Vital Vegas

Siren’s Cove is Back at TI, Sans Sirens, But With Some New Industrial Park Flair

The “Sirens of TI” lagoon has experienced some shrinkage in recent months, but it’s looking good, and even boasts a few modest water features. It’s no Bellagio, but it’ll do in a pinch.

Since the closing of the “Sirens of TI” show, the Las Vegas Strip has 91% less siren.

Treasure Island officially closed its popular “Sirens of TI” show back in November, 2013. To be more specific, “Sirens of TI” closed on Oct. 19, 2013, but it wasn’t officially announced the show was permanently closed until Nov. 26, 2013.

While the show attracted crowds of visitors, it apparently didn’t attract the kind of visitors that stick around and spend money.

Here’s a hastily slapped-together video of the downsized Sirens Cove at Treasure Island.

Given the high cost of producing the pyrotechnic-heavy “Sirens of TI” show, with little to show for it, TI decided to drain its Buccaneer Bay and lop off a third of it to make room for a three-story, 48,000-square-foot shopping complex.

TI’s new shopping mall has all the glitz and glamor you’d expect from a Las Vegas hotel, as long as you define “glitz and glamor” as “looking like something you’d find in an industrial park.”

We’re pretty sure TI is trying to make this blog weep openly in public.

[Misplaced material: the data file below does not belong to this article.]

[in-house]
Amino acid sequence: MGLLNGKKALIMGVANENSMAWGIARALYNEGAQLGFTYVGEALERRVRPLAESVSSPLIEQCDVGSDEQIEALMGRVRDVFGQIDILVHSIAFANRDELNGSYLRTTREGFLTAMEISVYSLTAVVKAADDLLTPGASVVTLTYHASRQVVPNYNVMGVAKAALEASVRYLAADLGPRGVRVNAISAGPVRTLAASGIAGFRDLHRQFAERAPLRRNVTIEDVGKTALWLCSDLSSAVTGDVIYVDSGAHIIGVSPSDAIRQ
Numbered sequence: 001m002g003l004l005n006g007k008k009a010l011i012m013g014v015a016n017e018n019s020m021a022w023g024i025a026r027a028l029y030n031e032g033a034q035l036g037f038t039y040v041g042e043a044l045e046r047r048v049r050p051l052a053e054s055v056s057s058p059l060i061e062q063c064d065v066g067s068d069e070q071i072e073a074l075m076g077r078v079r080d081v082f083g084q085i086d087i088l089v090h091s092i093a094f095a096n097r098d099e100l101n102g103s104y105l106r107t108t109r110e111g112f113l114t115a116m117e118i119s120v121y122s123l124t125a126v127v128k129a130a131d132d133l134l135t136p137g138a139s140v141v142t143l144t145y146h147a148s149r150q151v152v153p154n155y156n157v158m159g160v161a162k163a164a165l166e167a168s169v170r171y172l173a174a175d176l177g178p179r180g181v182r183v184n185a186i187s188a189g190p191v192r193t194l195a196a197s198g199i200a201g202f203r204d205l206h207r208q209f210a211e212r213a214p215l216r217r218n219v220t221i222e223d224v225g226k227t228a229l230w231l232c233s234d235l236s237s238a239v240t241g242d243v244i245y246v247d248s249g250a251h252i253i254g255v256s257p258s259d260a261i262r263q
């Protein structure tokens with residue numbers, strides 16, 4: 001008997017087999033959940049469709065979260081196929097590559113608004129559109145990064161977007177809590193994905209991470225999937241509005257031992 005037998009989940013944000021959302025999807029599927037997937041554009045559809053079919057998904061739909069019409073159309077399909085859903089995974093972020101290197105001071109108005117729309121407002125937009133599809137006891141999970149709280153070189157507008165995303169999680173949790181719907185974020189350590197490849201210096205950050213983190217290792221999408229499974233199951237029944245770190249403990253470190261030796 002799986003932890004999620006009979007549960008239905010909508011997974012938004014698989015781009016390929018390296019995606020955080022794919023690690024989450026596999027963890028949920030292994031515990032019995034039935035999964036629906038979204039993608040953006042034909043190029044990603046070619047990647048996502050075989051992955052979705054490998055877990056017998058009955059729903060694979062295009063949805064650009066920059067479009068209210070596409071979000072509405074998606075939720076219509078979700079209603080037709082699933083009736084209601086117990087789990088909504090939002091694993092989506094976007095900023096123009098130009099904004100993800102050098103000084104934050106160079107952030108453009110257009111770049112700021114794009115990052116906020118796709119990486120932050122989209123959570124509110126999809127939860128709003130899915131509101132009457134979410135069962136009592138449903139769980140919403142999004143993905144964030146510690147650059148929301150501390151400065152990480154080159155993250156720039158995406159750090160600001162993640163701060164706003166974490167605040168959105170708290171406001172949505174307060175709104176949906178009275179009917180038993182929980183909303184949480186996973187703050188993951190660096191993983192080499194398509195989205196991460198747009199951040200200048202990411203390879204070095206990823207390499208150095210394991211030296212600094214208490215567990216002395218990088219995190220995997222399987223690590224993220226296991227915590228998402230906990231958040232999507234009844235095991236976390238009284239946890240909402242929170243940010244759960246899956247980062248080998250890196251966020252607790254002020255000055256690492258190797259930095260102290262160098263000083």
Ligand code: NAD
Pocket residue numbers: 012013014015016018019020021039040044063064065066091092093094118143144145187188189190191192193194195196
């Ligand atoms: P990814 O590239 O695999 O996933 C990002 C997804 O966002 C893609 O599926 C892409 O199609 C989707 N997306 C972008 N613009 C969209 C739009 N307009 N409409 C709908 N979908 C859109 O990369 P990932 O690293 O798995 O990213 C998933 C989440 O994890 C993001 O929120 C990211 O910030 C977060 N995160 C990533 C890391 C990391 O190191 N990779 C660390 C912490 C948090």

We’re having trouble thinking of another development project on The Strip that’s inspired more “meh” than this architectural tumor.

Please, just push us into traffic, already.

The proposal for the project may have oversold it, as the original proposal said, “The facades of the building show varying geometrical shapes and depths, with exterior colors consisting of vivid hues.” Define “vivid.”

The new shopping complex will presumably host a pharmacy, retail shops, restaurants and possibly an auto dealership. This is the point where most people yawn so powerfully they come close to dislocated their jawbone.

All hope is lost.

The shopping area at TI follows a recent Las Vegas trend, using shopping to generate revenue where there previously was none. Other shopping developments are happening at Bally’s Las Vegas (Grand Bazaar Shops), New York-New York and Monte Carlo (The Park promenade) and Tropicana.

While the lagoon appears to be finished, TI’s shopping mall has a long way to go, at least according to this photo we snapped during our security breach.

It appears tenants are as excited about this as we are. Cue the crickets.

We can’t help but pine for the TI’s over-the-top pirate show, an iconic Las Vegas attraction ever since TI opened in 1993. The story was paper-thin and the dialogue was so bad it seemed to have been written by dropping a wet cat on a keyboard, but still, it was free, it was loud and fleshy, and about as Las Vegas as Las Vegas gets.

Behold the precise place where Las Vegas past and Las Vegas future intersect.

TI’s new shopping complex is expected to open soon, followed almost immediately by what we assume will be a dramatic increase in reports of dislocated jawbones.